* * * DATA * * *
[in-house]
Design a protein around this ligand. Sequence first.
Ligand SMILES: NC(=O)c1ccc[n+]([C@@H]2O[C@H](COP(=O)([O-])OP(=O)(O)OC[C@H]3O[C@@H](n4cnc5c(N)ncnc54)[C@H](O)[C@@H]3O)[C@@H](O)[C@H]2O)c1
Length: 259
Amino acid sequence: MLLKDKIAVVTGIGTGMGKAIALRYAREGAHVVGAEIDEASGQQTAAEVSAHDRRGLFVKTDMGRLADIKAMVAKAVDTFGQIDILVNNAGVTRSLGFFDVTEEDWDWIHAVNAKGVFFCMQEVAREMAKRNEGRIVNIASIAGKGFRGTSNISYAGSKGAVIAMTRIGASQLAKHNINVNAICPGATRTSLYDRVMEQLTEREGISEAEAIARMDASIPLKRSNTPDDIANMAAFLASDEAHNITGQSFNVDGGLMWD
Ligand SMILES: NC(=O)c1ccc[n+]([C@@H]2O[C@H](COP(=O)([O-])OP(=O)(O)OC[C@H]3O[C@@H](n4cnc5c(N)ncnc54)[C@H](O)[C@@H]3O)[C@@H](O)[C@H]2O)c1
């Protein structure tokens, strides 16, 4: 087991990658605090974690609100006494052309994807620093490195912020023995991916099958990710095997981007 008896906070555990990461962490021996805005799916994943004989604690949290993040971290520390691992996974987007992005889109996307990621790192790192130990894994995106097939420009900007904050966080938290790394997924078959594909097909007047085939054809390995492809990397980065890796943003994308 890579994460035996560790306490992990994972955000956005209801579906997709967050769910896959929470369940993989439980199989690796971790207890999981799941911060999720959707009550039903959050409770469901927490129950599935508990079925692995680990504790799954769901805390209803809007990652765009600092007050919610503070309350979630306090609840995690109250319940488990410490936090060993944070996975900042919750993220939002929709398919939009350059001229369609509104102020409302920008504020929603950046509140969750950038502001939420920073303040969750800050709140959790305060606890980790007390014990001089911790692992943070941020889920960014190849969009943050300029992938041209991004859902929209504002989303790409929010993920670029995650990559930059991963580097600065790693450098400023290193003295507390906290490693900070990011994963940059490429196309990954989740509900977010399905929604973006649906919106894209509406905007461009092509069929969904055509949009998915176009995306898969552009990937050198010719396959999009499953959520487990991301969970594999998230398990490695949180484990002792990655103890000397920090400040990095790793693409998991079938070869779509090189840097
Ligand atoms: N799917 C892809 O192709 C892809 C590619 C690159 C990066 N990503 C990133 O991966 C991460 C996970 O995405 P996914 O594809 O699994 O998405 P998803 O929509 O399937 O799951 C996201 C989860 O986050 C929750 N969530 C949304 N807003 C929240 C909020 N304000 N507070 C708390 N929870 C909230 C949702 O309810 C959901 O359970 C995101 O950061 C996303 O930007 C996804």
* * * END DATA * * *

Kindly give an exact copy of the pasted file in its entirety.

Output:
[in-house]
Design a protein around this ligand. Sequence first.
Ligand SMILES: NC(=O)c1ccc[n+]([C@@H]2O[C@H](COP(=O)([O-])OP(=O)(O)OC[C@H]3O[C@@H](n4cnc5c(N)ncnc54)[C@H](O)[C@@H]3O)[C@@H](O)[C@H]2O)c1
Length: 259
Amino acid sequence: MLLKDKIAVVTGIGTGMGKAIALRYAREGAHVVGAEIDEASGQQTAAEVSAHDRRGLFVKTDMGRLADIKAMVAKAVDTFGQIDILVNNAGVTRSLGFFDVTEEDWDWIHAVNAKGVFFCMQEVAREMAKRNEGRIVNIASIAGKGFRGTSNISYAGSKGAVIAMTRIGASQLAKHNINVNAICPGATRTSLYDRVMEQLTEREGISEAEAIARMDASIPLKRSNTPDDIANMAAFLASDEAHNITGQSFNVDGGLMWD
Ligand SMILES: NC(=O)c1ccc[n+]([C@@H]2O[C@H](COP(=O)([O-])OP(=O)(O)OC[C@H]3O[C@@H](n4cnc5c(N)ncnc54)[C@H](O)[C@@H]3O)[C@@H](O)[C@H]2O)c1
């Protein structure tokens, strides 16, 4: 087991990658605090974690609100006494052309994807620093490195912020023995991916099958990710095997981007 008896906070555990990461962490021996805005799916994943004989604690949290993040971290520390691992996974987007992005889109996307990621790192790192130990894994995106097939420009900007904050966080938290790394997924078959594909097909007047085939054809390995492809990397980065890796943003994308 890579994460035996560790306490992990994972955000956005209801579906997709967050769910896959929470369940993989439980199989690796971790207890999981799941911060999720959707009550039903959050409770469901927490129950599935508990079925692995680990504790799954769901805390209803809007990652765009600092007050919610503070309350979630306090609840995690109250319940488990410490936090060993944070996975900042919750993220939002929709398919939009350059001229369609509104102020409302920008504020929603950046509140969750950038502001939420920073303040969750800050709140959790305060606890980790007390014990001089911790692992943070941020889920960014190849969009943050300029992938041209991004859902929209504002989303790409929010993920670029995650990559930059991963580097600065790693450098400023290193003295507390906290490693900070990011994963940059490429196309990954989740509900977010399905929604973006649906919106894209509406905007461009092509069929969904055509949009998915176009995306898969552009990937050198010719396959999009499953959520487990991301969970594999998230398990490695949180484990002792990655103890000397920090400040990095790793693409998991079938070869779509090189840097
Ligand atoms: N799917 C892809 O192709 C892809 C590619 C690159 C990066 N990503 C990133 O991966 C991460 C996970 O995405 P996914 O594809 O699994 O998405 P998803 O929509 O399937 O799951 C996201 C989860 O986050 C929750 N969530 C949304 N807003 C929240 C909020 N304000 N507070 C708390 N929870 C909230 C949702 O309810 C959901 O359970 C995101 O950061 C996303 O930007 C996804």